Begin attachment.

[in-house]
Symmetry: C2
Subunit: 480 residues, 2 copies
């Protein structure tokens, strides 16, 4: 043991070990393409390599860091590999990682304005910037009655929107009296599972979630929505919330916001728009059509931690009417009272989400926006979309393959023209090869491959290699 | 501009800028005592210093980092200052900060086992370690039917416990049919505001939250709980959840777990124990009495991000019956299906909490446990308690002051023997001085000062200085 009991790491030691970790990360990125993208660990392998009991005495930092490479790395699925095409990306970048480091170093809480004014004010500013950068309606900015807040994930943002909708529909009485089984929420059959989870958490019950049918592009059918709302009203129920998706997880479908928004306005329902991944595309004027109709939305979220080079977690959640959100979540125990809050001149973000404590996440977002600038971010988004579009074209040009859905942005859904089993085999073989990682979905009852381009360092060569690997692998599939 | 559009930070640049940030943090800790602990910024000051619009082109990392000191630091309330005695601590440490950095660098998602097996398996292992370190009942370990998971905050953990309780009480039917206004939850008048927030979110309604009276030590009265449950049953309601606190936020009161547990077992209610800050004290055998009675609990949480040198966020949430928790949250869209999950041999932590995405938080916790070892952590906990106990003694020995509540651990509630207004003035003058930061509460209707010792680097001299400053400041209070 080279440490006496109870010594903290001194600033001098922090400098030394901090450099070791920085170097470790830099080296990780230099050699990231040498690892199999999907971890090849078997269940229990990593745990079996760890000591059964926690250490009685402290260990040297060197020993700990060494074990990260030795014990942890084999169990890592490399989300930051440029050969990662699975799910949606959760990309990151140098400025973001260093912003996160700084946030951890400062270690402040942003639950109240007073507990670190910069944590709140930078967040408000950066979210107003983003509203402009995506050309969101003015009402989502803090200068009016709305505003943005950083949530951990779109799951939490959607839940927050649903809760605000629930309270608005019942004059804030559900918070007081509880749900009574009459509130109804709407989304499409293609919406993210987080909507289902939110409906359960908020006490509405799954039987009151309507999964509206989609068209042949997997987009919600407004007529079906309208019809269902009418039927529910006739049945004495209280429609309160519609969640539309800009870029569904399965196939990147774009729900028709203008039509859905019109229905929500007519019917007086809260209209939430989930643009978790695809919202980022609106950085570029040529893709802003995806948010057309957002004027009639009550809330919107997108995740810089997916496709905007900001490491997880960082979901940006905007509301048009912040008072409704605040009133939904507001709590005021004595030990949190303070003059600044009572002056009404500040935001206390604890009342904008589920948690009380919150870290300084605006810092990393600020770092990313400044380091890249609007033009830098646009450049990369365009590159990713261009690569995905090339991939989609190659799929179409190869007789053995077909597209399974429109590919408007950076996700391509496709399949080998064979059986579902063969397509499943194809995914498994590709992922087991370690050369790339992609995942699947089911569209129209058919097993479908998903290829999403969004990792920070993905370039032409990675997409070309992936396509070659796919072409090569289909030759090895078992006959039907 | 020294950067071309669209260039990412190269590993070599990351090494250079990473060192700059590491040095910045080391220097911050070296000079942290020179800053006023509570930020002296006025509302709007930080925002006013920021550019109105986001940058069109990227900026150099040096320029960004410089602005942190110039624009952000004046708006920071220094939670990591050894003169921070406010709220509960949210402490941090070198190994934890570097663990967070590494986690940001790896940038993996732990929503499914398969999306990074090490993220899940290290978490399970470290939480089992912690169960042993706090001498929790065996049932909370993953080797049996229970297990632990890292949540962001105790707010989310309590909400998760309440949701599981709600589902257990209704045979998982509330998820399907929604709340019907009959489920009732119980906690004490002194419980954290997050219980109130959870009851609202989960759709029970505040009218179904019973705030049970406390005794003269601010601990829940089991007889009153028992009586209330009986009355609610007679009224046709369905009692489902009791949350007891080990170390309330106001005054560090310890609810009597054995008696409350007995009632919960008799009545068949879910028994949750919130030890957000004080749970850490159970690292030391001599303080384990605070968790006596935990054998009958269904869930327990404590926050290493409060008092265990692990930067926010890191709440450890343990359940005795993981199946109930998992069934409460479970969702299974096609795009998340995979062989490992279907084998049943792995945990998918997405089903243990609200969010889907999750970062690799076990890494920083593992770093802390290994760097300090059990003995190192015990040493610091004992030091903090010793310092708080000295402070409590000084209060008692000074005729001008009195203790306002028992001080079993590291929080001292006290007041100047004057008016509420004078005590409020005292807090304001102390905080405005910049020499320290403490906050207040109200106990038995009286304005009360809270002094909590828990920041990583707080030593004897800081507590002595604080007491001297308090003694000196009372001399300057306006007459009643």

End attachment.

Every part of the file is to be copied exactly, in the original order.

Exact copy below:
[in-house]
Symmetry: C2
Subunit: 480 residues, 2 copies
């Protein structure tokens, strides 16, 4: 043991070990393409390599860091590999990682304005910037009655929107009296599972979630929505919330916001728009059509931690009417009272989400926006979309393959023209090869491959290699 | 501009800028005592210093980092200052900060086992370690039917416990049919505001939250709980959840777990124990009495991000019956299906909490446990308690002051023997001085000062200085 009991790491030691970790990360990125993208660990392998009991005495930092490479790395699925095409990306970048480091170093809480004014004010500013950068309606900015807040994930943002909708529909009485089984929420059959989870958490019950049918592009059918709302009203129920998706997880479908928004306005329902991944595309004027109709939305979220080079977690959640959100979540125990809050001149973000404590996440977002600038971010988004579009074209040009859905942005859904089993085999073989990682979905009852381009360092060569690997692998599939 | 559009930070640049940030943090800790602990910024000051619009082109990392000191630091309330005695601590440490950095660098998602097996398996292992370190009942370990998971905050953990309780009480039917206004939850008048927030979110309604009276030590009265449950049953309601606190936020009161547990077992209610800050004290055998009675609990949480040198966020949430928790949250869209999950041999932590995405938080916790070892952590906990106990003694020995509540651990509630207004003035003058930061509460209707010792680097001299400053400041209070 080279440490006496109870010594903290001194600033001098922090400098030394901090450099070791920085170097470790830099080296990780230099050699990231040498690892199999999907971890090849078997269940229990990593745990079996760890000591059964926690250490009685402290260990040297060197020993700990060494074990990260030795014990942890084999169990890592490399989300930051440029050969990662699975799910949606959760990309990151140098400025973001260093912003996160700084946030951890400062270690402040942003639950109240007073507990670190910069944590709140930078967040408000950066979210107003983003509203402009995506050309969101003015009402989502803090200068009016709305505003943005950083949530951990779109799951939490959607839940927050649903809760605000629930309270608005019942004059804030559900918070007081509880749900009574009459509130109804709407989304499409293609919406993210987080909507289902939110409906359960908020006490509405799954039987009151309507999964509206989609068209042949997997987009919600407004007529079906309208019809269902009418039927529910006739049945004495209280429609309160519609969640539309800009870029569904399965196939990147774009729900028709203008039509859905019109229905929500007519019917007086809260209209939430989930643009978790695809919202980022609106950085570029040529893709802003995806948010057309957002004027009639009550809330919107997108995740810089997916496709905007900001490491997880960082979901940006905007509301048009912040008072409704605040009133939904507001709590005021004595030990949190303070003059600044009572002056009404500040935001206390604890009342904008589920948690009380919150870290300084605006810092990393600020770092990313400044380091890249609007033009830098646009450049990369365009590159990713261009690569995905090339991939989609190659799929179409190869007789053995077909597209399974429109590919408007950076996700391509496709399949080998064979059986579902063969397509499943194809995914498994590709992922087991370690050369790339992609995942699947089911569209129209058919097993479908998903290829999403969004990792920070993905370039032409990675997409070309992936396509070659796919072409090569289909030759090895078992006959039907 | 020294950067071309669209260039990412190269590993070599990351090494250079990473060192700059590491040095910045080391220097911050070296000079942290020179800053006023509570930020002296006025509302709007930080925002006013920021550019109105986001940058069109990227900026150099040096320029960004410089602005942190110039624009952000004046708006920071220094939670990591050894003169921070406010709220509960949210402490941090070198190994934890570097663990967070590494986690940001790896940038993996732990929503499914398969999306990074090490993220899940290290978490399970470290939480089992912690169960042993706090001498929790065996049932909370993953080797049996229970297990632990890292949540962001105790707010989310309590909400998760309440949701599981709600589902257990209704045979998982509330998820399907929604709340019907009959489920009732119980906690004490002194419980954290997050219980109130959870009851609202989960759709029970505040009218179904019973705030049970406390005794003269601010601990829940089991007889009153028992009586209330009986009355609610007679009224046709369905009692489902009791949350007891080990170390309330106001005054560090310890609810009597054995008696409350007995009632919960008799009545068949879910028994949750919130030890957000004080749970850490159970690292030391001599303080384990605070968790006596935990054998009958269904869930327990404590926050290493409060008092265990692990930067926010890191709440450890343990359940005795993981199946109930998992069934409460479970969702299974096609795009998340995979062989490992279907084998049943792995945990998918997405089903243990609200969010889907999750970062690799076990890494920083593992770093802390290994760097300090059990003995190192015990040493610091004992030091903090010793310092708080000295402070409590000084209060008692000074005729001008009195203790306002028992001080079993590291929080001292006290007041100047004057008016509420004078005590409020005292807090304001102390905080405005910049020499320290403490906050207040109200106990038995009286304005009360809270002094909590828990920041990583707080030593004897800081507590002595604080007491001297308090003694000196009372001399300057306006007459009643």